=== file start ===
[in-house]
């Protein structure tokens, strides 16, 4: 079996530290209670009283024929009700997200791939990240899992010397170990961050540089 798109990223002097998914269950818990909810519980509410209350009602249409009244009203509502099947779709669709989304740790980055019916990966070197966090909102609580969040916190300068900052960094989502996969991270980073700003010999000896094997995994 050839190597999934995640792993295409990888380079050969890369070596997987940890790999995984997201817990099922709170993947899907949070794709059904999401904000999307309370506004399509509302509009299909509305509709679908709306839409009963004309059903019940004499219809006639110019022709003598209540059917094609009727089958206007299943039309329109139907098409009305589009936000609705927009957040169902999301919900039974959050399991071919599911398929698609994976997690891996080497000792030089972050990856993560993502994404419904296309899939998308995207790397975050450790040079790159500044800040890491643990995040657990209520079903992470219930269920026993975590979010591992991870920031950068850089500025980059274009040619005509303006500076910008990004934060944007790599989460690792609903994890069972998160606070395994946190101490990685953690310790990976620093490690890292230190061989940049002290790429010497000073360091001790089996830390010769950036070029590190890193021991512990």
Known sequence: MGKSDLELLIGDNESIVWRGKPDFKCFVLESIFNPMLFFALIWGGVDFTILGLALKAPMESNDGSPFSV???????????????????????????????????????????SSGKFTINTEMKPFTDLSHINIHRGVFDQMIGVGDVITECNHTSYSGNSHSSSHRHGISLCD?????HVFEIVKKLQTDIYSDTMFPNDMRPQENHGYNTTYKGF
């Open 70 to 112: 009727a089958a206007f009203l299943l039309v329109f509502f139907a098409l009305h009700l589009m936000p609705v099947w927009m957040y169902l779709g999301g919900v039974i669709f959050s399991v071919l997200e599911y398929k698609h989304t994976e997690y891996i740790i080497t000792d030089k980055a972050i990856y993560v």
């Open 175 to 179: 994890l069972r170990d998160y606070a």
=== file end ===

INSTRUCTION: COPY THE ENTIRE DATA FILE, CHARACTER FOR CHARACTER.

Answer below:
[in-house]
């Protein structure tokens, strides 16, 4: 079996530290209670009283024929009700997200791939990240899992010397170990961050540089 798109990223002097998914269950818990909810519980509410209350009602249409009244009203509502099947779709669709989304740790980055019916990966070197966090909102609580969040916190300068900052960094989502996969991270980073700003010999000896094997995994 050839190597999934995640792993295409990888380079050969890369070596997987940890790999995984997201817990099922709170993947899907949070794709059904999401904000999307309370506004399509509302509009299909509305509709679908709306839409009963004309059903019940004499219809006639110019022709003598209540059917094609009727089958206007299943039309329109139907098409009305589009936000609705927009957040169902999301919900039974959050399991071919599911398929698609994976997690891996080497000792030089972050990856993560993502994404419904296309899939998308995207790397975050450790040079790159500044800040890491643990995040657990209520079903992470219930269920026993975590979010591992991870920031950068850089500025980059274009040619005509303006500076910008990004934060944007790599989460690792609903994890069972998160606070395994946190101490990685953690310790990976620093490690890292230190061989940049002290790429010497000073360091001790089996830390010769950036070029590190890193021991512990």
Known sequence: MGKSDLELLIGDNESIVWRGKPDFKCFVLESIFNPMLFFALIWGGVDFTILGLALKAPMESNDGSPFSV???????????????????????????????????????????SSGKFTINTEMKPFTDLSHINIHRGVFDQMIGVGDVITECNHTSYSGNSHSSSHRHGISLCD?????HVFEIVKKLQTDIYSDTMFPNDMRPQENHGYNTTYKGF
């Open 70 to 112: 009727a089958a206007f009203l299943l039309v329109f509502f139907a098409l009305h009700l589009m936000p609705v099947w927009m957040y169902l779709g999301g919900v039974i669709f959050s399991v071919l997200e599911y398929k698609h989304t994976e997690y891996i740790i080497t000792d030089k980055a972050i990856y993560v």
């Open 175 to 179: 994890l069972r170990d998160y606070a």